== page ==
By Laura Incollingo |
When the Catholic Reformation’s relationship with print is discussed, the focus tends to be placed on their censorship and prohibition efforts. However, the Catholic Church did more than curtail Europe’s vibrant print networks, they capitalized from it. Although somewhat later than their Protestant adversaries, during the early modern period the Roman Church recognised the value of the printed word as a powerful tool of religious propaganda, especially across the vast and powerful Spanish empire.
Printed works offer a valuable testimony of the exchange of information between Naples, Rome and Spain. The Catholic Church printed and distributed information regarding religious festivities, processions and miracles, and requested the publication of particular pieces of religious literature.
This brief pamphlet held at the University Library of Barcelona is a perfect example of this exchange of information. The Milagro sucedido en Napoles por intercession del bienaventurado Padre Ignacio de Loyola, fundador de la Compañia de Iesus en Noviembre MDCXV was printed in Barcelona, in Spanish. It was clearly a work intended for a native audience, as is testified by the fact that the only three surviving copies are all in Spanish libraries. Despite its Spanish marketing, the pamphlet narrates something that happened in the far reaches of the Spanish occupied territories, the Vicerealm of Naples.
According to the pamphlet, Ignatius of Loyola (1491-1556), the founder of the Jesuits Order, performed a miracle per intercessionem, healing Doña Isabel Conclubet from a terrible and allegedly deadly case of the ‘sacred disease’, epilepsy. Interesting enough, this miracle was performed by Loyola six years before he was declared saint by Pope Gregory XV (1554-1623). The miracle’s recipient was the wife of the Marquis of Fuscaldo, a small city in Calabria, although the miracle happened in Naples, where she was presumably taken to find help for her affliction.
Neither she nor her husband were particularly famous or powerful people. Therefore, one is led to wonder why someone felt the need to send an account of such event to Spain and why, once there, someone else thought it was a story worthy of being printed and spread throughout the nation.
To discover these motivations, we have to look at who performed the miracle, the real star of the story.
During the first half of the seventeenth century, the Jesuits were one of the most powerful religious order as well as one of the most important tools in the Catholic propaganda, given their work in education and as missionaries. The pamphlet is anonymous but considering the relative anonymity of all those involved, except for Loyola and Doña Isabel, it is safe to assume that the entire story originated from the Societas.
This seems confirmed by the choice of the printer. A mysterious protagonist in the history of the Catalan press at the turn of the seventeenth century, Gabriel Graells (fl. 1596-1619) was active in the city of Barcelona alone and worked for a good part of his career with Geraldo (or Giraldo) Dotil (d. c. 1610). The two shared the ownership of the shop, printing substantially on commission and financed by third parties at least until 1604, when they began to finance themselves in a more systematic way. In addition to numerous productions of popular print, such as reports of battles, trials, marriages and miraculous events (now extremely scarce), the two specialized in editions of Jesuits and Franciscan devotional works, including manuals of moral theology and hagiographies. For a period (or perhaps on individual commissions), they held the title of Royal Printers for the principality of Catalonia, as shown by the printing of the statutes of the University of Barcelona (1596), the resolutions of the Royal Council of Naples (1597) and of the military statutes of Catalonia (1605).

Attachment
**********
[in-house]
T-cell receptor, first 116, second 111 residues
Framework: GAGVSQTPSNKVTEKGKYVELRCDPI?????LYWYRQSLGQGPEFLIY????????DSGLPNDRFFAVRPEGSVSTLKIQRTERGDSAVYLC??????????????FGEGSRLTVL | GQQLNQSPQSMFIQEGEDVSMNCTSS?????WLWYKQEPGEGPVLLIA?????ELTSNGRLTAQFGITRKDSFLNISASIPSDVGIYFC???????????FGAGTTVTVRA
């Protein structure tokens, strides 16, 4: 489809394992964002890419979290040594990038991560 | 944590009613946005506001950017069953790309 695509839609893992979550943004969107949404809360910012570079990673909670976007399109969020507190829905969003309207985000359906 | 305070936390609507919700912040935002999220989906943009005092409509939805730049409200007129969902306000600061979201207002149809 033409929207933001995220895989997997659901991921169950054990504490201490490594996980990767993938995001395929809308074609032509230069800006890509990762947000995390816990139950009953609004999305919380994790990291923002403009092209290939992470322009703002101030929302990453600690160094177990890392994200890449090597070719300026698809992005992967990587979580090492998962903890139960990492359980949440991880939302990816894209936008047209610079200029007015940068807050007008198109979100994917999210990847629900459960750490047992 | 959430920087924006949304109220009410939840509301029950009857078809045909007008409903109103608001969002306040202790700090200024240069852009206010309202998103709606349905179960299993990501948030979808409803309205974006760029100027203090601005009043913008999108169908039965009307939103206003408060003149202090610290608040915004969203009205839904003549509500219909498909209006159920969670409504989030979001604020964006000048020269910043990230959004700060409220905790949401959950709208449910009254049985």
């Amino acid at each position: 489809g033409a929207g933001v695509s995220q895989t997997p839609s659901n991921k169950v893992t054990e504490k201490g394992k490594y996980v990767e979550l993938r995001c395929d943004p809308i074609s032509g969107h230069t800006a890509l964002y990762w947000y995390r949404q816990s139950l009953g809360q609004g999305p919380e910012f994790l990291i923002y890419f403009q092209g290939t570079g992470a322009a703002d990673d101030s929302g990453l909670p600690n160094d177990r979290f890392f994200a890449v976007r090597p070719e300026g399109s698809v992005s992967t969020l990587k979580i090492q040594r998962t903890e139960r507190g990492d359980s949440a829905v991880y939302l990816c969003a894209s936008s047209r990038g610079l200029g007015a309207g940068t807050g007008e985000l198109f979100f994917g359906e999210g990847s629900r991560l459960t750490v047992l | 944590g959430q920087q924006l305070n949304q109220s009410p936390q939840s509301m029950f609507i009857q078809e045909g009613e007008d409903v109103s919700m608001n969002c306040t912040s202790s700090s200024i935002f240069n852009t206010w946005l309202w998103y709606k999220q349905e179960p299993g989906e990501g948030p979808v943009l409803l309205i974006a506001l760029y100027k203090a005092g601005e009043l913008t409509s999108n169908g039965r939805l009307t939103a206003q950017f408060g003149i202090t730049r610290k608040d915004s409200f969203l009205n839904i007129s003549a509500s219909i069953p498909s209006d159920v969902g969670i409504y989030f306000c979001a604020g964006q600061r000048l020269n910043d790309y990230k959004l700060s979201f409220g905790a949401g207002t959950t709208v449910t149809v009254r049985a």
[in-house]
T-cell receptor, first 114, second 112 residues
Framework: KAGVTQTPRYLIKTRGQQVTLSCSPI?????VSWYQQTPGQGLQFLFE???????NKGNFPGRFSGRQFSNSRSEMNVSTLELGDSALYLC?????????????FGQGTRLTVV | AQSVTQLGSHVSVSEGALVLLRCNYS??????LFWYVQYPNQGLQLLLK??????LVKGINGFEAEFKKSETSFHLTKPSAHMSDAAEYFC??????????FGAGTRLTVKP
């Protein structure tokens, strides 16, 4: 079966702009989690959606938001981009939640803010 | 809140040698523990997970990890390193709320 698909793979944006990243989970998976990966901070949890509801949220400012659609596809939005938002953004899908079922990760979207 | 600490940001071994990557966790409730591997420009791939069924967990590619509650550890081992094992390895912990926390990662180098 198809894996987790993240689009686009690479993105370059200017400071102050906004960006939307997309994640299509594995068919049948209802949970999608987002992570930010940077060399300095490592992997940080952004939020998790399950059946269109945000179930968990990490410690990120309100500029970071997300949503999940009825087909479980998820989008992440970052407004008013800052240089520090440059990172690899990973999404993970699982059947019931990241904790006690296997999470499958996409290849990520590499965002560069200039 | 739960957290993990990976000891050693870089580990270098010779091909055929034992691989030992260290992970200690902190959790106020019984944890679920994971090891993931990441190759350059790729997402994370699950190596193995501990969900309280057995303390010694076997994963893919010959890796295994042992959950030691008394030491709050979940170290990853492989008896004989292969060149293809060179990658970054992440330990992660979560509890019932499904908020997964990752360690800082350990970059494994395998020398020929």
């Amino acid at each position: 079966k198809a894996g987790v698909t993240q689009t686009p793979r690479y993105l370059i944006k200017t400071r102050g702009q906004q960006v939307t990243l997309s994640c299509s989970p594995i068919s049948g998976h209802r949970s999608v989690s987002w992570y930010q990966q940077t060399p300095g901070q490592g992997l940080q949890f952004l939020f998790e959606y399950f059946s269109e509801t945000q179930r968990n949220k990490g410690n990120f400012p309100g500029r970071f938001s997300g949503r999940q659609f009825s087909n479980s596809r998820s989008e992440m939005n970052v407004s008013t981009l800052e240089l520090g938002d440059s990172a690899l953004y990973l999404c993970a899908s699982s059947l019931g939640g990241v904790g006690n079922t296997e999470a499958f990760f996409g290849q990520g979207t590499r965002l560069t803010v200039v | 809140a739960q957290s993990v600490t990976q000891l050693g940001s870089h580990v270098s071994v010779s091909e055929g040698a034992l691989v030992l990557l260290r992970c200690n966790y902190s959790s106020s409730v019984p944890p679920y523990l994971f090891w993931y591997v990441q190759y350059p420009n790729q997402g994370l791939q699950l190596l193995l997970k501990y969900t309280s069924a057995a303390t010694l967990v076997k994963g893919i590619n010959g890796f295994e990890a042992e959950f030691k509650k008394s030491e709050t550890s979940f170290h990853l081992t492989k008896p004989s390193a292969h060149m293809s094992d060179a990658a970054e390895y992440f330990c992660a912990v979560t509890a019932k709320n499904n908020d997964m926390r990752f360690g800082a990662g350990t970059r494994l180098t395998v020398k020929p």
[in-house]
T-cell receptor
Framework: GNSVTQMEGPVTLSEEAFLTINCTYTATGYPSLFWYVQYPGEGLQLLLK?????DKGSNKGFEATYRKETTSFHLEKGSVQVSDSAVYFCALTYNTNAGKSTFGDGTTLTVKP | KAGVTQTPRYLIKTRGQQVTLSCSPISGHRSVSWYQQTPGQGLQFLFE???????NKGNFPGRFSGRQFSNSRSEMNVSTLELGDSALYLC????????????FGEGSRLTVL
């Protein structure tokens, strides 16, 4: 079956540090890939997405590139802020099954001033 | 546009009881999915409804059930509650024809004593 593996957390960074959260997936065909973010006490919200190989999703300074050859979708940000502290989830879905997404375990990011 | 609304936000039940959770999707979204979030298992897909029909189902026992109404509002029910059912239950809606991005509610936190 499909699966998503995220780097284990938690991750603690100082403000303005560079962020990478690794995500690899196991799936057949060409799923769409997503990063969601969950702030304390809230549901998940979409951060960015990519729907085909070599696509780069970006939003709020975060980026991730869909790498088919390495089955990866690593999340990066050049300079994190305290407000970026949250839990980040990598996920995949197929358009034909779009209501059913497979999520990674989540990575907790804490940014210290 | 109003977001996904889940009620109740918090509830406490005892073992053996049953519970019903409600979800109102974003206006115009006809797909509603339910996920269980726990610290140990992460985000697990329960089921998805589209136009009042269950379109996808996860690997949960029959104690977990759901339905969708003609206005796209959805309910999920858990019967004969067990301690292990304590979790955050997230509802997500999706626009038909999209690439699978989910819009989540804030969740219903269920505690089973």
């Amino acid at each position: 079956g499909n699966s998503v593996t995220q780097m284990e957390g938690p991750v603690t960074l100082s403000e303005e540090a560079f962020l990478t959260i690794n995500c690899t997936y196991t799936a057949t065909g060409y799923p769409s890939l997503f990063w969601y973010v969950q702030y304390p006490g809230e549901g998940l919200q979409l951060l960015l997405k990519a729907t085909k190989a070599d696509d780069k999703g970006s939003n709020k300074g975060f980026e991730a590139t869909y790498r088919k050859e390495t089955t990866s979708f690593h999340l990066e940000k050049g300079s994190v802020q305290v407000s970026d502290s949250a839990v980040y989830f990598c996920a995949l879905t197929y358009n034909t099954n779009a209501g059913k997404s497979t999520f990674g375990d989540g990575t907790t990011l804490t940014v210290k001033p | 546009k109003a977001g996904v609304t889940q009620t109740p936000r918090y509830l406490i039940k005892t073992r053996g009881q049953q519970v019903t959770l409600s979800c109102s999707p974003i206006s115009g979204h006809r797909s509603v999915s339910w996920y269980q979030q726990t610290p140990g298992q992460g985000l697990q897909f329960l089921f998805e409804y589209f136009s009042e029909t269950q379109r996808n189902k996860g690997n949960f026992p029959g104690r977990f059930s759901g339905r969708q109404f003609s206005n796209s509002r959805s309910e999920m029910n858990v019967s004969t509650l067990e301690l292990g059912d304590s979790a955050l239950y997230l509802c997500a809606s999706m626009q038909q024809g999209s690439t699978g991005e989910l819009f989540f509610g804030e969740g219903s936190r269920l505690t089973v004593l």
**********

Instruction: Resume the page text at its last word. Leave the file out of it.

Spreading stories about Neapolitan miracles in Spain had two different purposes. On the one hand, it strengthened the relationship between different parts of the Spanish empire, emphasizing that although it was the largest empire those in charge were always aware of what was going on in its every corner. On the other hand, these publications helped increasing the popularity and reputation of Ignatius of Loyola and with him of the entire Jesuits Order, aiding them in their quest for the canonization of their founder and acquiring a greater political influence. This campaign was strengthened by the narrative of the miracle itself; it was a miracle performed ad extra, with the aid of a relic of Loyola that was put around Doña Isabel’s neck until she was healed. The use of a relic is typical of miracles performed by saints and therefore this particular narratives fit perfectly into the scheme carried on by the Jesuits at the time, when they were striving to obtain the canonization of their founder. Clearly, this comparatively new order of the Catholic Church understood that to shape hearts and minds they needed to not only reduced the number of heretical works in circulation, but also produced their own miraculous narratives.
Laura Incollingo is a PhD student at the University of St Andrews. Her research concerns the investigation of the relations between the State, the Church and the people in the Kingdom of Naples during the period of the Spanish Vice-realm (1503 – 1707). This research is focused on the analysis of the devices of printing control and dissemination of the news put in place by the Church and the State, and on the reconstruction of the different forms of narration of events elaborated on one side by the inspection bodies holders of political power and, on the other, by the producers and sellers of popular print media.
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